Generalized Eigen Decomposition

For the two-input generalized eigensolution version,

eigs(A, B; nev=6, ncv=max(20,2*nev+1), which=:LM, tol=0.0, maxiter=300, sigma=nothing, ritzvec=true, v0=zeros((0,))) -> (d,[v,],nconv,niter,nmult,resid)

the following keyword arguments are supported:

  • nev: Number of eigenvalues
  • ncv: Number of Krylov vectors used in the computation; should satisfy nev+1 <= ncv <= n for real symmetric problems and nev+2 <= ncv <= n for other problems, where n is the size of the input matrices A and B. The default is ncv = max(20,2*nev+1). Note that these restrictions limit the input matrix A to be of dimension at least 2.
  • which: type of eigenvalues to compute. See the note below.
whichtype of eigenvalues
:LMeigenvalues of largest magnitude (default)
:SMeigenvalues of smallest magnitude
:LReigenvalues of largest real part
:SReigenvalues of smallest real part
:LIeigenvalues of largest imaginary part (nonsymmetric or complex A only)
:SIeigenvalues of smallest imaginary part (nonsymmetric or complex A only)
:BEcompute half of the eigenvalues from each end of the spectrum, biased in favor of the high end. (real symmetric A only)
  • tol: relative tolerance used in the convergence criterion for eigenvalues, similar to tol in the eigs(A) method for the ordinary eigenvalue problem, but effectively for the eigenvalues of $B^{-1} A$ instead of $A$. See the documentation for the ordinary eigenvalue problem in eigs(A) and the accompanying note about tol.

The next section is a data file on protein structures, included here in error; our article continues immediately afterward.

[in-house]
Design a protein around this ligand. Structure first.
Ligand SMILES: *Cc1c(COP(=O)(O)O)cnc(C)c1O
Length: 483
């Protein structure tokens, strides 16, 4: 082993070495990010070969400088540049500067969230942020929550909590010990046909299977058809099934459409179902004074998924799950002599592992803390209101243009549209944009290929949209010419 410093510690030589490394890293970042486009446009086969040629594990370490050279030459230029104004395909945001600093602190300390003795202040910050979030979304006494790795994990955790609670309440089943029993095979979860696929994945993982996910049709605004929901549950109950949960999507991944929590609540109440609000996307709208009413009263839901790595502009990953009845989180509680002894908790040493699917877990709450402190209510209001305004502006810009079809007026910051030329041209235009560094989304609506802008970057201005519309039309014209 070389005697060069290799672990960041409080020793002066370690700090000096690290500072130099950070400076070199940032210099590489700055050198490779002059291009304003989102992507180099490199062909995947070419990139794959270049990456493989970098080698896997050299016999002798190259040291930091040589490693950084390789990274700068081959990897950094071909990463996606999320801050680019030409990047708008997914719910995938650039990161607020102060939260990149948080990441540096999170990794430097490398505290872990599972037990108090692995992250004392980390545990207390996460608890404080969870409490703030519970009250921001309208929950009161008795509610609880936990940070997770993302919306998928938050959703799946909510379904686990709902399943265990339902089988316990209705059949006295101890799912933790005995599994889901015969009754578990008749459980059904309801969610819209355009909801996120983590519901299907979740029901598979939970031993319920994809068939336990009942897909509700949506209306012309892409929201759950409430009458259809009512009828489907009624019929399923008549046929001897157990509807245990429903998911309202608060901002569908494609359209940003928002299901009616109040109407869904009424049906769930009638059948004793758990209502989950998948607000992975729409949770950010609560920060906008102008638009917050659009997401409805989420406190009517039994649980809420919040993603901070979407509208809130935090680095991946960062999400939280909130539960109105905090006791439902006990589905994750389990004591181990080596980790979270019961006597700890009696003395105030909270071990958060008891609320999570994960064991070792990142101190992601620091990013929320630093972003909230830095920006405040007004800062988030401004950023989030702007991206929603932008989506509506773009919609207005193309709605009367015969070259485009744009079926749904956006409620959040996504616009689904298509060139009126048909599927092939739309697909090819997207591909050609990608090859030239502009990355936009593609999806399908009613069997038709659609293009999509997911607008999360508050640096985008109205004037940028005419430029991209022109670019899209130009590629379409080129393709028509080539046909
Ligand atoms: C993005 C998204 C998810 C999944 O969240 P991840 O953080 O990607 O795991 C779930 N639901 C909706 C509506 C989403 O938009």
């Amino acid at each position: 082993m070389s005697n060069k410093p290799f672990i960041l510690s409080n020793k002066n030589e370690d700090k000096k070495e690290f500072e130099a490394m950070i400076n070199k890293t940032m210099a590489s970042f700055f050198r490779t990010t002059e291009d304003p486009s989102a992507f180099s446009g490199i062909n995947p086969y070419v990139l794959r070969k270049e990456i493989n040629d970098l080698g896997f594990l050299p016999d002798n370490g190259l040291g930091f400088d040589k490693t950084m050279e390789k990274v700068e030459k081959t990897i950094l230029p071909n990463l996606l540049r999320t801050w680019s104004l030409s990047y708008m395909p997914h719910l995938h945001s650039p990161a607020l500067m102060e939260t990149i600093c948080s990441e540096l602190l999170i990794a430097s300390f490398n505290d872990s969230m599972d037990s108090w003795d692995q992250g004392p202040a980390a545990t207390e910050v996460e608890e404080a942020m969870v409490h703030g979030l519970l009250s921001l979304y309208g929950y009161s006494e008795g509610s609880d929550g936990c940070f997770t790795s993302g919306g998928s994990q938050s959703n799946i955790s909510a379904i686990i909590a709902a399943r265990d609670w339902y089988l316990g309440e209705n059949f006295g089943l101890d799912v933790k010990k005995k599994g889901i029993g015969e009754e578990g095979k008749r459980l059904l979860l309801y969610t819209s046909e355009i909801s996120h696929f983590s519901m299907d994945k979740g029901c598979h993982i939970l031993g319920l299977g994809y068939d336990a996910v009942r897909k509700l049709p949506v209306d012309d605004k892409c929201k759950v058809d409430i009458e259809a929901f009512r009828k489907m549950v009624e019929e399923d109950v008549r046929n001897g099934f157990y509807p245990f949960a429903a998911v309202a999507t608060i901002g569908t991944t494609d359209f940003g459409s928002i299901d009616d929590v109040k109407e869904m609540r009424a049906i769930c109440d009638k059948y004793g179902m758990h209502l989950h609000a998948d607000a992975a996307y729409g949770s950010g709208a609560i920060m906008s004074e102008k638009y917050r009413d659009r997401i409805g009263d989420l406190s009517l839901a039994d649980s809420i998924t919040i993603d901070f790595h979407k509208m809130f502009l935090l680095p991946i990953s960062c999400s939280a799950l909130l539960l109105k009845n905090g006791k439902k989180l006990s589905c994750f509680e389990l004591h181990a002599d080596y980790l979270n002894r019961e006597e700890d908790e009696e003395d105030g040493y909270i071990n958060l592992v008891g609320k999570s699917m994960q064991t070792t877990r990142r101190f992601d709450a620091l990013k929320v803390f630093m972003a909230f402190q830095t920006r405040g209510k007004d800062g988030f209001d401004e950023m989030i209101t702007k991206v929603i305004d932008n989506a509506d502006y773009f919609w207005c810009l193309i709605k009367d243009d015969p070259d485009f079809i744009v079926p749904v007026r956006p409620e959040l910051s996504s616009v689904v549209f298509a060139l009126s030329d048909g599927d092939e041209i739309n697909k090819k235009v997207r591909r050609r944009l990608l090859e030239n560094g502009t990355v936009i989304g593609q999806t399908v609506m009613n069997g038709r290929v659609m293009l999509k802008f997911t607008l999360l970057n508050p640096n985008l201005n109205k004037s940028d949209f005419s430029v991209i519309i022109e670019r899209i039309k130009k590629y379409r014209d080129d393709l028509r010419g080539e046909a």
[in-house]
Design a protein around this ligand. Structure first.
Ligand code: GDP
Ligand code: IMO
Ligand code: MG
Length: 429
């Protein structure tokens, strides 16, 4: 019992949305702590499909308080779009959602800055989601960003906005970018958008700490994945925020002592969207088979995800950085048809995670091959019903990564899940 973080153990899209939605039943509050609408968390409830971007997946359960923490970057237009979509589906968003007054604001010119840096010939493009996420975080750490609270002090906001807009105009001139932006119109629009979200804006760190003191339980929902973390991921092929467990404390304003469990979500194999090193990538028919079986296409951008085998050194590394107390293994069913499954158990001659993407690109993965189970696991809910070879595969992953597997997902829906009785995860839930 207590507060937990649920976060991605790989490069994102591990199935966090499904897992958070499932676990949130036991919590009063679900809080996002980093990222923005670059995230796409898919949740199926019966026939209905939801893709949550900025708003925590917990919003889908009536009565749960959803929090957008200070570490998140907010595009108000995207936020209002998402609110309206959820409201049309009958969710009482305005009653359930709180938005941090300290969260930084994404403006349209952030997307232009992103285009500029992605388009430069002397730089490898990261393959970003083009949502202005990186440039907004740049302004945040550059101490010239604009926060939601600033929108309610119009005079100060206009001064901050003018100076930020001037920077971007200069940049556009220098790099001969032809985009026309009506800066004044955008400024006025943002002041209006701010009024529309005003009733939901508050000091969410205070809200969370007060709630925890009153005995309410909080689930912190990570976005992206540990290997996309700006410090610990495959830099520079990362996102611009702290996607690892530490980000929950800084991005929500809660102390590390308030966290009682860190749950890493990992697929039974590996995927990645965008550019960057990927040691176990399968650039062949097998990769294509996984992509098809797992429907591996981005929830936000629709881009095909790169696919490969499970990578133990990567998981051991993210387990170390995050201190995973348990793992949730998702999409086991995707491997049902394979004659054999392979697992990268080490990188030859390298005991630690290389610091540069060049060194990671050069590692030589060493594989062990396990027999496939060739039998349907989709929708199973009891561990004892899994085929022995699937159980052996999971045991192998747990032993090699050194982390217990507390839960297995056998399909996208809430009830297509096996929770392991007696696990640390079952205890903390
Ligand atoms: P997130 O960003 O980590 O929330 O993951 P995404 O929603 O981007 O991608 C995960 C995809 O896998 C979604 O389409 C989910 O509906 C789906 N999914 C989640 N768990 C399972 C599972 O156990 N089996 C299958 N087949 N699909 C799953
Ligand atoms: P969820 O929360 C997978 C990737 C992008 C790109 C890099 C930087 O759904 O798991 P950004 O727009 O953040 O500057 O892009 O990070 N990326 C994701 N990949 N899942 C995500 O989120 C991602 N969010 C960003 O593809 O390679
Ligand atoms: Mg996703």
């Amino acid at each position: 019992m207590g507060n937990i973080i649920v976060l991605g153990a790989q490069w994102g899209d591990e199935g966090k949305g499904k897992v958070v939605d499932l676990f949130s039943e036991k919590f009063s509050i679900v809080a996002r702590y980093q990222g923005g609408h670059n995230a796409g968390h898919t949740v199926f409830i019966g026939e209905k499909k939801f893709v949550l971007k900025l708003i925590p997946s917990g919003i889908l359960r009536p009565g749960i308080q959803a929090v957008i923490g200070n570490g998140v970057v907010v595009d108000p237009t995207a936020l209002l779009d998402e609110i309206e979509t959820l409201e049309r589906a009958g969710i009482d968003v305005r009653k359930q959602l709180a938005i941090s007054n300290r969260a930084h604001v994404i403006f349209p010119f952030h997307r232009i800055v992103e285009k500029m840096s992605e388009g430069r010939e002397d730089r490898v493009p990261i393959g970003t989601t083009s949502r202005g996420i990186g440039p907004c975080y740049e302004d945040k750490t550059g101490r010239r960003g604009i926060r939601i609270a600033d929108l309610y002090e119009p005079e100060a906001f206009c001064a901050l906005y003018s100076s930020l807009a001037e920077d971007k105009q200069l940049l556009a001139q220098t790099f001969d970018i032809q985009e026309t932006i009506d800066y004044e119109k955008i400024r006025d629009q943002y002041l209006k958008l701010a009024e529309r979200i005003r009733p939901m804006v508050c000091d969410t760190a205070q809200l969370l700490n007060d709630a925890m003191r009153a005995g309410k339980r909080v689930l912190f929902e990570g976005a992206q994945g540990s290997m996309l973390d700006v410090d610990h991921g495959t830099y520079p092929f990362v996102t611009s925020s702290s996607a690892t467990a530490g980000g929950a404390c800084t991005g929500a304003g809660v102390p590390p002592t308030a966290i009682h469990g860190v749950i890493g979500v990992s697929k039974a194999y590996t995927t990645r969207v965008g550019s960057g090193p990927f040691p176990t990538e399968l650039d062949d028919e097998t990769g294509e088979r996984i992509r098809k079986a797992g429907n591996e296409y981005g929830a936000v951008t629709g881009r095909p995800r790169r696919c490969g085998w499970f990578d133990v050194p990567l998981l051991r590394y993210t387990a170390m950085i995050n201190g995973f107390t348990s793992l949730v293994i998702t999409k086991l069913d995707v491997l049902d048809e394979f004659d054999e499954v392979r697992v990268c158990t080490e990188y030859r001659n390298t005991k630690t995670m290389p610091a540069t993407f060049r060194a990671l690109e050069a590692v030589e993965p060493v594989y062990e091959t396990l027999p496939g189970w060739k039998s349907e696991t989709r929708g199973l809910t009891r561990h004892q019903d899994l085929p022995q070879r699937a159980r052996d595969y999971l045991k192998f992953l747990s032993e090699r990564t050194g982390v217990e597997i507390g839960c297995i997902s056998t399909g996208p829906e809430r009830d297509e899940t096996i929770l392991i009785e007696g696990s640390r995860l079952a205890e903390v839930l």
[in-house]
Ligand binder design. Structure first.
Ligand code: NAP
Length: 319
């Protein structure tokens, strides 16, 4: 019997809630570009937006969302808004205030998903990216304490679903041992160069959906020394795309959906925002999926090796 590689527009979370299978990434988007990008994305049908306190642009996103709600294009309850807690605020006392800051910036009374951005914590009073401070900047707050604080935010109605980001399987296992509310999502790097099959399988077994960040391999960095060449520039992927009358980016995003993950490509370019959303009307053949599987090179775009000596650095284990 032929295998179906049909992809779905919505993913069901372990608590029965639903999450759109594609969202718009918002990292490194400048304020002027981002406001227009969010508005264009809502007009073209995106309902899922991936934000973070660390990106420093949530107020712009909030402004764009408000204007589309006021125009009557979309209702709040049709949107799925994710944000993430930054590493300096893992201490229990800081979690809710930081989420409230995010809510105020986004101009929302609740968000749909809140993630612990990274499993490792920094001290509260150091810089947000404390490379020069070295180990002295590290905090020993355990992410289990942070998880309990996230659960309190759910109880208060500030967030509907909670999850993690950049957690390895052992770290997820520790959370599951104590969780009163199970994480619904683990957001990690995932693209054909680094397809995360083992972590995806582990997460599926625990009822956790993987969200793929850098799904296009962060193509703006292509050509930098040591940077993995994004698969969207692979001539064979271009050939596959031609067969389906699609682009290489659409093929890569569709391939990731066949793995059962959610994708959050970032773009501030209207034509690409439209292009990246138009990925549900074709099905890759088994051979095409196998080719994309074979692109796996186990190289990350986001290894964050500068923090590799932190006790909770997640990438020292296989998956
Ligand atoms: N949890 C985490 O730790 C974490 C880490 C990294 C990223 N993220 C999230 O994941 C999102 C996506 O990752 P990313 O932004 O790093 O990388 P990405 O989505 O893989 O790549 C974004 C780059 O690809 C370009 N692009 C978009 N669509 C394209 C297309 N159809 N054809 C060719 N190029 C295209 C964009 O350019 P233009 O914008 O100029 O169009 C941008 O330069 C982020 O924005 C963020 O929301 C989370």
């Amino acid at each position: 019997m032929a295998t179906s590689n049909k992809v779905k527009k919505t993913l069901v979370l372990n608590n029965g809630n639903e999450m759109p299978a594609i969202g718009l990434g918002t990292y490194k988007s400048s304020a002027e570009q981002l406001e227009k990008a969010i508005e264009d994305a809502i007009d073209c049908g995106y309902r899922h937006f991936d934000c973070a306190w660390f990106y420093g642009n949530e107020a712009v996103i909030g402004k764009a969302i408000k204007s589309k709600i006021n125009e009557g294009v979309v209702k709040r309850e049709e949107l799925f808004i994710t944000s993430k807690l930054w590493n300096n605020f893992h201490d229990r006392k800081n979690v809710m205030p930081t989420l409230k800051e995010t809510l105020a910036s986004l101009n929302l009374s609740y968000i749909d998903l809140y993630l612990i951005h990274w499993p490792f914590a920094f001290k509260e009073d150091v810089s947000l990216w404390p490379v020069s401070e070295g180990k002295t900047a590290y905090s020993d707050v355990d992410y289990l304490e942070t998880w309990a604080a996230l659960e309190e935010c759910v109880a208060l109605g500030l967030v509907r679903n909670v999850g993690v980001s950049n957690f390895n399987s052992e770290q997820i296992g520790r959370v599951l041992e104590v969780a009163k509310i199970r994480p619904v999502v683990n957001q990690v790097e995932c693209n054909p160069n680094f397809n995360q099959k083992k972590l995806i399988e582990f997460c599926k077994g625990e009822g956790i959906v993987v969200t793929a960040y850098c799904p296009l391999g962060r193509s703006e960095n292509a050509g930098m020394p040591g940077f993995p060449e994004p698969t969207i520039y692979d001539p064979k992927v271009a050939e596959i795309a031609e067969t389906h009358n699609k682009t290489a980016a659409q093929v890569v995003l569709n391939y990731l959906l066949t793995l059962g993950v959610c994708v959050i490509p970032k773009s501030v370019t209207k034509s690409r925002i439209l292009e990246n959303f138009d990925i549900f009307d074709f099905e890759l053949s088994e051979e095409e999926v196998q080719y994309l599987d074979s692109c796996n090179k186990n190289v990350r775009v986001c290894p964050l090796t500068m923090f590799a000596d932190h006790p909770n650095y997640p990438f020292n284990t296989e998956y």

• maxiter: Maximum number of iterations (default = 300)
  • sigma: Specifies the level shift used in inverse iteration. If nothing (default), defaults to ordinary (forward) iterations. Otherwise, find eigenvalues close to sigma using shift and invert iterations.
  • ritzvec: Returns the Ritz vectors v (eigenvectors) if true
  • v0: starting vector from which to start the iterations

eigs returns the nev requested eigenvalues in d, the corresponding Ritz vectors v (only if ritzvec=true), the number of converged eigenvalues nconv, the number of iterations niter and the number of matrix vector multiplications nmult, as well as the final residual vector resid.

We can see the various keywords in action in the following examples:

julia> A = sparse(1.0I, 4, 4); B = Diagonal(1:4);

julia> λ, ϕ = eigs(A, B, nev = 2);

julia> λ
2-element Array{Float64,1}:

julia> A = Diagonal([1, -2im, 3, 4im]); B = sparse(1.0I, 4, 4);

julia> λ, ϕ = eigs(A, B, nev=1, which=:SI);

julia> λ
1-element Array{Complex{Float64},1}:
 -1.5720931501039814e-16 - 1.9999999999999984im

julia> λ, ϕ = eigs(A, B, nev=1, which=:LI);

julia> λ
1-element Array{Complex{Float64},1}:
 0.0 + 4.000000000000002im

The sigma and which keywords interact: the description of eigenvalues searched for by which do not necessarily refer to the eigenvalue problem $Av = Bv\lambda$, but rather the linear operator constructed by the specification of the iteration mode implied by sigma.

sigmaiteration modewhich refers to the problem
nothingordinary (forward)$Av = Bv\lambda$
real or complexinverse with level shift sigma$(A - \sigma B )^{-1}B = v\nu$